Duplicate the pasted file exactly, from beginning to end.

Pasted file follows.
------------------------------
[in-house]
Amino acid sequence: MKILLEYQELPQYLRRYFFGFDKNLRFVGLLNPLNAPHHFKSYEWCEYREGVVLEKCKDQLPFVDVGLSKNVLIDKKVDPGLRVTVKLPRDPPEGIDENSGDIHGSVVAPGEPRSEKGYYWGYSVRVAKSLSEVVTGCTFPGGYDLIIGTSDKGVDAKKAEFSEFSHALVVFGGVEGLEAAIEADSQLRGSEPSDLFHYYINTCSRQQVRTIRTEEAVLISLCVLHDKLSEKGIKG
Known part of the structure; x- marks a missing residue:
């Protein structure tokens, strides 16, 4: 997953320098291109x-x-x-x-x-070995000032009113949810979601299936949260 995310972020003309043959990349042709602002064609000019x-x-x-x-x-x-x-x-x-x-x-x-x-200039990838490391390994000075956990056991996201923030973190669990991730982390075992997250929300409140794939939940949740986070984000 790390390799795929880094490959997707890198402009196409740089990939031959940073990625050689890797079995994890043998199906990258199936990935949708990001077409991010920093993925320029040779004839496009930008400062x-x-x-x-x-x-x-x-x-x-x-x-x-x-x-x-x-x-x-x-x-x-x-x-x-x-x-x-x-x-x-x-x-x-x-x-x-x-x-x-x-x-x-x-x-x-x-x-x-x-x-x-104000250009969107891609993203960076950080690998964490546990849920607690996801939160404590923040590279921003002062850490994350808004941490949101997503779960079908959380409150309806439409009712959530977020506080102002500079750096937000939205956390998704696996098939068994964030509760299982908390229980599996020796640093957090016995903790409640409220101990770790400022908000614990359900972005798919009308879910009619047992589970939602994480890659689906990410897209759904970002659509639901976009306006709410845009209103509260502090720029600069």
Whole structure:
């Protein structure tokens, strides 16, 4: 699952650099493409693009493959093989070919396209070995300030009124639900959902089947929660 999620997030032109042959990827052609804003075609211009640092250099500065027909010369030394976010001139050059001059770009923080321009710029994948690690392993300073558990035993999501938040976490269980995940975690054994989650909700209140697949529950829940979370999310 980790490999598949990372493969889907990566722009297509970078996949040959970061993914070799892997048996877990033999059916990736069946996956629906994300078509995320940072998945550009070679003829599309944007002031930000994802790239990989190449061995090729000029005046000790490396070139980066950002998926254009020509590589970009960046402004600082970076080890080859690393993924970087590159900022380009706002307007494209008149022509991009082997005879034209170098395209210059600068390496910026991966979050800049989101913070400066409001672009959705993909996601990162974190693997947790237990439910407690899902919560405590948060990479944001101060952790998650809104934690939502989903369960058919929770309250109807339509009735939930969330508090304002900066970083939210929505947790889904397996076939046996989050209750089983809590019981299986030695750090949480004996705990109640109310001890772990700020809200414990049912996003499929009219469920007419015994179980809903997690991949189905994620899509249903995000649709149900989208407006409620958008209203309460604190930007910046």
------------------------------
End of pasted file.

[in-house]
Amino acid sequence: MKILLEYQELPQYLRRYFFGFDKNLRFVGLLNPLNAPHHFKSYEWCEYREGVVLEKCKDQLPFVDVGLSKNVLIDKKVDPGLRVTVKLPRDPPEGIDENSGDIHGSVVAPGEPRSEKGYYWGYSVRVAKSLSEVVTGCTFPGGYDLIIGTSDKGVDAKKAEFSEFSHALVVFGGVEGLEAAIEADSQLRGSEPSDLFHYYINTCSRQQVRTIRTEEAVLISLCVLHDKLSEKGIKG
Known part of the structure; x- marks a missing residue:
């Protein structure tokens, strides 16, 4: 997953320098291109x-x-x-x-x-070995000032009113949810979601299936949260 995310972020003309043959990349042709602002064609000019x-x-x-x-x-x-x-x-x-x-x-x-x-200039990838490391390994000075956990056991996201923030973190669990991730982390075992997250929300409140794939939940949740986070984000 790390390799795929880094490959997707890198402009196409740089990939031959940073990625050689890797079995994890043998199906990258199936990935949708990001077409991010920093993925320029040779004839496009930008400062x-x-x-x-x-x-x-x-x-x-x-x-x-x-x-x-x-x-x-x-x-x-x-x-x-x-x-x-x-x-x-x-x-x-x-x-x-x-x-x-x-x-x-x-x-x-x-x-x-x-x-x-104000250009969107891609993203960076950080690998964490546990849920607690996801939160404590923040590279921003002062850490994350808004941490949101997503779960079908959380409150309806439409009712959530977020506080102002500079750096937000939205956390998704696996098939068994964030509760299982908390229980599996020796640093957090016995903790409640409220101990770790400022908000614990359900972005798919009308879910009619047992589970939602994480890659689906990410897209759904970002659509639901976009306006709410845009209103509260502090720029600069």
Whole structure:
């Protein structure tokens, strides 16, 4: 699952650099493409693009493959093989070919396209070995300030009124639900959902089947929660 999620997030032109042959990827052609804003075609211009640092250099500065027909010369030394976010001139050059001059770009923080321009710029994948690690392993300073558990035993999501938040976490269980995940975690054994989650909700209140697949529950829940979370999310 980790490999598949990372493969889907990566722009297509970078996949040959970061993914070799892997048996877990033999059916990736069946996956629906994300078509995320940072998945550009070679003829599309944007002031930000994802790239990989190449061995090729000029005046000790490396070139980066950002998926254009020509590589970009960046402004600082970076080890080859690393993924970087590159900022380009706002307007494209008149022509991009082997005879034209170098395209210059600068390496910026991966979050800049989101913070400066409001672009959705993909996601990162974190693997947790237990439910407690899902919560405590948060990479944001101060952790998650809104934690939502989903369960058919929770309250109807339509009735939930969330508090304002900066970083939210929505947790889904397996076939046996989050209750089983809590019981299986030695750090949480004996705990109640109310001890772990700020809200414990049912996003499929009219469920007419015994179980809903997690991949189905994620899509249903995000649709149900989208407006409620958008209203309460604190930007910046």